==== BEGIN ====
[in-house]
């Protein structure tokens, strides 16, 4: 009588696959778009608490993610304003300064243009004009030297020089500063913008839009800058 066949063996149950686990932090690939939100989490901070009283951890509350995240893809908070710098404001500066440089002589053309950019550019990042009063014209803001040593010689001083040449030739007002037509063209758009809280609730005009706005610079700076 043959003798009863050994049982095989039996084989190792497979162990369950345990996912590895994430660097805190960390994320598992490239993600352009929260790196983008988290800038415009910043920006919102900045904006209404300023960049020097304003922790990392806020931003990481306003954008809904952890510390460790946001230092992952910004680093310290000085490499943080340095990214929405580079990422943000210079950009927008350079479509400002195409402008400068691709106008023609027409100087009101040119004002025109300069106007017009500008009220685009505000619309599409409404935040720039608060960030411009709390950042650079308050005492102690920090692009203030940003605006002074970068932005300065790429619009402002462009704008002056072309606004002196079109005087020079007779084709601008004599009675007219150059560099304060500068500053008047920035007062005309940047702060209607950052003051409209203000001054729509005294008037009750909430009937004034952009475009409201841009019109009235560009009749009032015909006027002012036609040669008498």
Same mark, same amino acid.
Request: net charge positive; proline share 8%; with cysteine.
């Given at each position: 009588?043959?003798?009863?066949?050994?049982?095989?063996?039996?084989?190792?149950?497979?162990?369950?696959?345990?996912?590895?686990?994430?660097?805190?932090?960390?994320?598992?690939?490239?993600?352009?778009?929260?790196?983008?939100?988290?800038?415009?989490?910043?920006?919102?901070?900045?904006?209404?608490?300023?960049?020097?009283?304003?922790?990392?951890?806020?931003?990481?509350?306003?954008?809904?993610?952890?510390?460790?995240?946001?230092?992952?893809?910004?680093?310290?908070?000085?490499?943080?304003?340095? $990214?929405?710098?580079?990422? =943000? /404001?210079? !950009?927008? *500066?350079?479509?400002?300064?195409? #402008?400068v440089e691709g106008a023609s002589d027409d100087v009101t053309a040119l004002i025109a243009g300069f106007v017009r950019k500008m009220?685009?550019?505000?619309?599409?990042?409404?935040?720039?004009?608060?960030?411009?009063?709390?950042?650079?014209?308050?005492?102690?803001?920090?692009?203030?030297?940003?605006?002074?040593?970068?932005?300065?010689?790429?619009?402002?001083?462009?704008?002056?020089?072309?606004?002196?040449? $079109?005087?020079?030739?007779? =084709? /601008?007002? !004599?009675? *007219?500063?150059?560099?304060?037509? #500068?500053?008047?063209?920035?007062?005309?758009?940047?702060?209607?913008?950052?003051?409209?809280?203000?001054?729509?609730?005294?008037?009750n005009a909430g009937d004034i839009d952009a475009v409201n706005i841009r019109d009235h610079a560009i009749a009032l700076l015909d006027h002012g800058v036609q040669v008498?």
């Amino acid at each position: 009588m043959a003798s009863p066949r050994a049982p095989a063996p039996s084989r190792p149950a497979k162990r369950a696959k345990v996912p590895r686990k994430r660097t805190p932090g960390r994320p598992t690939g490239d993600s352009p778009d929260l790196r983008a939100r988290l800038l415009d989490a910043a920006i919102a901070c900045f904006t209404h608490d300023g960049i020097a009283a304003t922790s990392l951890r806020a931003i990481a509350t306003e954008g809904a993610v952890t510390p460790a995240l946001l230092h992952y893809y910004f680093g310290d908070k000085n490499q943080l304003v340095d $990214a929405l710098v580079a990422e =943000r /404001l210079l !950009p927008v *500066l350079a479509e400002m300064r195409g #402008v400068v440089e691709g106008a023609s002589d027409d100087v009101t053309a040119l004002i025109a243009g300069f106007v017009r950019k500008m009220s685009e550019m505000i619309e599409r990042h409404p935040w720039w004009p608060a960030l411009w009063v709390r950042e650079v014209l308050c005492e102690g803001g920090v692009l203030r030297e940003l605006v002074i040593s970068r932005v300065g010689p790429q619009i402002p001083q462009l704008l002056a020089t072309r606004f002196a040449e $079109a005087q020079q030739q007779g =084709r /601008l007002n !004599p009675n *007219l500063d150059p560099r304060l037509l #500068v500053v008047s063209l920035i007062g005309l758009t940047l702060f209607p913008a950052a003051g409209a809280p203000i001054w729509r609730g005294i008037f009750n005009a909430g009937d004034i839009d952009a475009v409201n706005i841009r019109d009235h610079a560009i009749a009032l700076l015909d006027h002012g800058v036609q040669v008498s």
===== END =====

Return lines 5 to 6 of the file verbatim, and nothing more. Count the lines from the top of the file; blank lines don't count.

């Given at each position: 009588?043959?003798?009863?066949?050994?049982?095989?063996?039996?084989?190792?149950?497979?162990?369950?696959?345990?996912?590895?686990?994430?660097?805190?932090?960390?994320?598992?690939?490239?993600?352009?778009?929260?790196?983008?939100?988290?800038?415009?989490?910043?920006?919102?901070?900045?904006?209404?608490?300023?960049?020097?009283?304003?922790?990392?951890?806020?931003?990481?509350?306003?954008?809904?993610?952890?510390?460790?995240?946001?230092?992952?893809?910004?680093?310290?908070?000085?490499?943080?304003?340095? $990214?929405?710098?580079?990422? =943000? /404001?210079? !950009?927008? *500066?350079?479509?400002?300064?195409? #402008?400068v440089e691709g106008a023609s002589d027409d100087v009101t053309a040119l004002i025109a243009g300069f106007v017009r950019k500008m009220?685009?550019?505000?619309?599409?990042?409404?935040?720039?004009?608060?960030?411009?009063?709390?950042?650079?014209?308050?005492?102690?803001?920090?692009?203030?030297?940003?605006?002074?040593?970068?932005?300065?010689?790429?619009?402002?001083?462009?704008?002056?020089?072309?606004?002196?040449? $079109?005087?020079?030739?007779? =084709? /601008?007002? !004599?009675? *007219?500063?150059?560099?304060?037509? #500068?500053?008047?063209?920035?007062?005309?758009?940047?702060?209607?913008?950052?003051?409209?809280?203000?001054?729509?609730?005294?008037?009750n005009a909430g009937d004034i839009d952009a475009v409201n706005i841009r019109d009235h610079a560009i009749a009032l700076l015909d006027h002012g800058v036609q040669v008498?």
């Amino acid at each position: 009588m043959a003798s009863p066949r050994a049982p095989a063996p039996s084989r190792p149950a497979k162990r369950a696959k345990v996912p590895r686990k994430r660097t805190p932090g960390r994320p598992t690939g490239d993600s352009p778009d929260l790196r983008a939100r988290l800038l415009d989490a910043a920006i919102a901070c900045f904006t209404h608490d300023g960049i020097a009283a304003t922790s990392l951890r806020a931003i990481a509350t306003e954008g809904a993610v952890t510390p460790a995240l946001l230092h992952y893809y910004f680093g310290d908070k000085n490499q943080l304003v340095d $990214a929405l710098v580079a990422e =943000r /404001l210079l !950009p927008v *500066l350079a479509e400002m300064r195409g #402008v400068v440089e691709g106008a023609s002589d027409d100087v009101t053309a040119l004002i025109a243009g300069f106007v017009r950019k500008m009220s685009e550019m505000i619309e599409r990042h409404p935040w720039w004009p608060a960030l411009w009063v709390r950042e650079v014209l308050c005492e102690g803001g920090v692009l203030r030297e940003l605006v002074i040593s970068r932005v300065g010689p790429q619009i402002p001083q462009l704008l002056a020089t072309r606004f002196a040449e $079109a005087q020079q030739q007779g =084709r /601008l007002n !004599p009675n *007219l500063d150059p560099r304060l037509l #500068v500053v008047s063209l920035i007062g005309l758009t940047l702060f209607p913008a950052a003051g409209a809280p203000i001054w729509r609730g005294i008037f009750n005009a909430g009937d004034i839009d952009a475009v409201n706005i841009r019109d009235h610079a560009i009749a009032l700076l015909d006027h002012g800058v036609q040669v008498s």